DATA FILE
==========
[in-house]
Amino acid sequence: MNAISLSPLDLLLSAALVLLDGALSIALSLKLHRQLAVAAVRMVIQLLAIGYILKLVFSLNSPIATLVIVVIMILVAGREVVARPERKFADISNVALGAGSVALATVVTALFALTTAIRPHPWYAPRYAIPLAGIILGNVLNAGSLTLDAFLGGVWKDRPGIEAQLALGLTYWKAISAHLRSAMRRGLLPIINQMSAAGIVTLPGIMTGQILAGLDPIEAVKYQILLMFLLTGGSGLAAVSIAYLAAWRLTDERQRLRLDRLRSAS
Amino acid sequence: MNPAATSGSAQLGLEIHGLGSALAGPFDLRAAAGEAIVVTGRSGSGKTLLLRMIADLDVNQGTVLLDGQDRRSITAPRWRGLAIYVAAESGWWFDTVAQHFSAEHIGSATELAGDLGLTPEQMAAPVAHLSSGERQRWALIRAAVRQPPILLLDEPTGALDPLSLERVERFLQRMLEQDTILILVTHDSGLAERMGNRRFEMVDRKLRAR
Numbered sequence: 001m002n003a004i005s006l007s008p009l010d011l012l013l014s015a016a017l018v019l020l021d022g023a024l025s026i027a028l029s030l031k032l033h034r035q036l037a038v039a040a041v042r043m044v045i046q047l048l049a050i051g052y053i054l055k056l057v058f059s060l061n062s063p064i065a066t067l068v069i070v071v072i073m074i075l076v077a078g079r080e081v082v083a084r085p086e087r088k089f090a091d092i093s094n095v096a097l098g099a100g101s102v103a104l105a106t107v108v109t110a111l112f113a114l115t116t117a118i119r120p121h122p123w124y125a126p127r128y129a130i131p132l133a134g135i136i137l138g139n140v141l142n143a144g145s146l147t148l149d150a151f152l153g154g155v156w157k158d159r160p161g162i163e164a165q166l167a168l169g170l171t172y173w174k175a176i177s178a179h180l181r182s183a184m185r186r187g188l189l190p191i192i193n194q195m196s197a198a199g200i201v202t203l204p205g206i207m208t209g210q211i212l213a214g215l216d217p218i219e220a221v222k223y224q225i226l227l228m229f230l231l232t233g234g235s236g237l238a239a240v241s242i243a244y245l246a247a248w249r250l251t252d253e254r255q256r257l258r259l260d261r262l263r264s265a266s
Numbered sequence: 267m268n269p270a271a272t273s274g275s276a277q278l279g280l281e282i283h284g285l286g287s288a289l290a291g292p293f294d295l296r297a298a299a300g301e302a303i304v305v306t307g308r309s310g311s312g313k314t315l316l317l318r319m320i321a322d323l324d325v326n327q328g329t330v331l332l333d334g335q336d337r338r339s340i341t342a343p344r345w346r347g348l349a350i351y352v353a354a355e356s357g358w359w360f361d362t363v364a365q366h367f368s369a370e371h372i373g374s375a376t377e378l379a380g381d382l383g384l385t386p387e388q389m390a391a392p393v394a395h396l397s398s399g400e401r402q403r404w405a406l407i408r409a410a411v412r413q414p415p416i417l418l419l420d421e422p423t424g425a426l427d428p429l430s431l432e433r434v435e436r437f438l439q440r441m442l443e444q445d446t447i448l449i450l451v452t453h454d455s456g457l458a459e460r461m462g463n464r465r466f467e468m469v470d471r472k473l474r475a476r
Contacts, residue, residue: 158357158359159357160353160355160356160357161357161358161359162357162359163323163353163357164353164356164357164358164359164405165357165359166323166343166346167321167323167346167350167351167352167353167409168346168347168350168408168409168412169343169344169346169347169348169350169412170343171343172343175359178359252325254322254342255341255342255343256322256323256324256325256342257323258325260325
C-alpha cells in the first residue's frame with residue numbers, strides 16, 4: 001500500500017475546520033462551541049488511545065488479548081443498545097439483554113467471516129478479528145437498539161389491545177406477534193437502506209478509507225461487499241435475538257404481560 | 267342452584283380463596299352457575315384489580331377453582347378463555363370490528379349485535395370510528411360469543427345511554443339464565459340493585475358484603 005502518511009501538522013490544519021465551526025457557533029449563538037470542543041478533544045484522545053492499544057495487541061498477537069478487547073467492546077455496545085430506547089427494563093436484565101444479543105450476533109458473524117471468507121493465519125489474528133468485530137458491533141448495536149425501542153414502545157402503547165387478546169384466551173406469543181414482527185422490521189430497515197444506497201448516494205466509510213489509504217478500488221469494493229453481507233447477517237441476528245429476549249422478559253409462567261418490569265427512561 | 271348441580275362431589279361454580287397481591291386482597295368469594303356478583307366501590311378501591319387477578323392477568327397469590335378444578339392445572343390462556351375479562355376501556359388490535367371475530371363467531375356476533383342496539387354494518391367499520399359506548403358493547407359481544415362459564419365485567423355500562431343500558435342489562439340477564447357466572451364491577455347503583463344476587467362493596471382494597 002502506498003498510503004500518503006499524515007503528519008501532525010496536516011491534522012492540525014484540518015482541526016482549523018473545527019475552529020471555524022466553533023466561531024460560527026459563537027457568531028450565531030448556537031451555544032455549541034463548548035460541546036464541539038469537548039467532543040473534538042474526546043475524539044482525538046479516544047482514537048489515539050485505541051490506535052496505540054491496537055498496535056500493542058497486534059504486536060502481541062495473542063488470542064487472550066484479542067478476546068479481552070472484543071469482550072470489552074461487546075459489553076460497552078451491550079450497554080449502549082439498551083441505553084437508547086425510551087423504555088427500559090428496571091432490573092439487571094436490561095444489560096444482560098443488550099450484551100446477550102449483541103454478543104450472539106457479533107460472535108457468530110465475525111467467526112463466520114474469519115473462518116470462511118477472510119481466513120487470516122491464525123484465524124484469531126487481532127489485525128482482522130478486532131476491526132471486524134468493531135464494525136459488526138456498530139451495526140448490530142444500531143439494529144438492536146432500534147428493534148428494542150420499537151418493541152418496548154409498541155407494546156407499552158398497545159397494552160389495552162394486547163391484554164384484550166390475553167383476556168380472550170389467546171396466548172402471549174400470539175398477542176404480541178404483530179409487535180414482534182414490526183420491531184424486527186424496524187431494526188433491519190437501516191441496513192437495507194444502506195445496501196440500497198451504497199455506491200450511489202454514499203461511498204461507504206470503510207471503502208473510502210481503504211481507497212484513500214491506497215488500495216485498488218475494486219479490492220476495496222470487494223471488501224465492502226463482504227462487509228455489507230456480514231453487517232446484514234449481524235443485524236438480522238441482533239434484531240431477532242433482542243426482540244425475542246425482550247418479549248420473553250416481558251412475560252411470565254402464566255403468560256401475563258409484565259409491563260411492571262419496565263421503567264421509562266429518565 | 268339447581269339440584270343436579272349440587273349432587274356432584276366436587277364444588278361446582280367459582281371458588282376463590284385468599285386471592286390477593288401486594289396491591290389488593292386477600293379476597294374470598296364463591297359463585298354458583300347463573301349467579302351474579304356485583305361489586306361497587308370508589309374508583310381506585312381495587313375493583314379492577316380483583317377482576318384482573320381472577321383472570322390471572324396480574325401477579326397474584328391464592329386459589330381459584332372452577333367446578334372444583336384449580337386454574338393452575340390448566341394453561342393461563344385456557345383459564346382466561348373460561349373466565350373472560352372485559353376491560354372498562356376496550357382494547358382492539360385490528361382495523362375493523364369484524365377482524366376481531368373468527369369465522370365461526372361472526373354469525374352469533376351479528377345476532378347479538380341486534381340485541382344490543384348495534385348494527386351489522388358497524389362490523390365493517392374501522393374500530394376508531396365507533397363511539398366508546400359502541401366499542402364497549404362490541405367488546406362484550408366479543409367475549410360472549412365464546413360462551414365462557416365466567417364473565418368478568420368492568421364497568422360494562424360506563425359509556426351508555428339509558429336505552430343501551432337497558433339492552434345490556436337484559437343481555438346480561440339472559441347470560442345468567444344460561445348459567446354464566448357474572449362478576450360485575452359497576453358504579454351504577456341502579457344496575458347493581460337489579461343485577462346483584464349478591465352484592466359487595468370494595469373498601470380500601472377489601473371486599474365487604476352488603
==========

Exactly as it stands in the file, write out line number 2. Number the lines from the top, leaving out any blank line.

Amino acid sequence: MNAISLSPLDLLLSAALVLLDGALSIALSLKLHRQLAVAAVRMVIQLLAIGYILKLVFSLNSPIATLVIVVIMILVAGREVVARPERKFADISNVALGAGSVALATVVTALFALTTAIRPHPWYAPRYAIPLAGIILGNVLNAGSLTLDAFLGGVWKDRPGIEAQLALGLTYWKAISAHLRSAMRRGLLPIINQMSAAGIVTLPGIMTGQILAGLDPIEAVKYQILLMFLLTGGSGLAAVSIAYLAAWRLTDERQRLRLDRLRSAS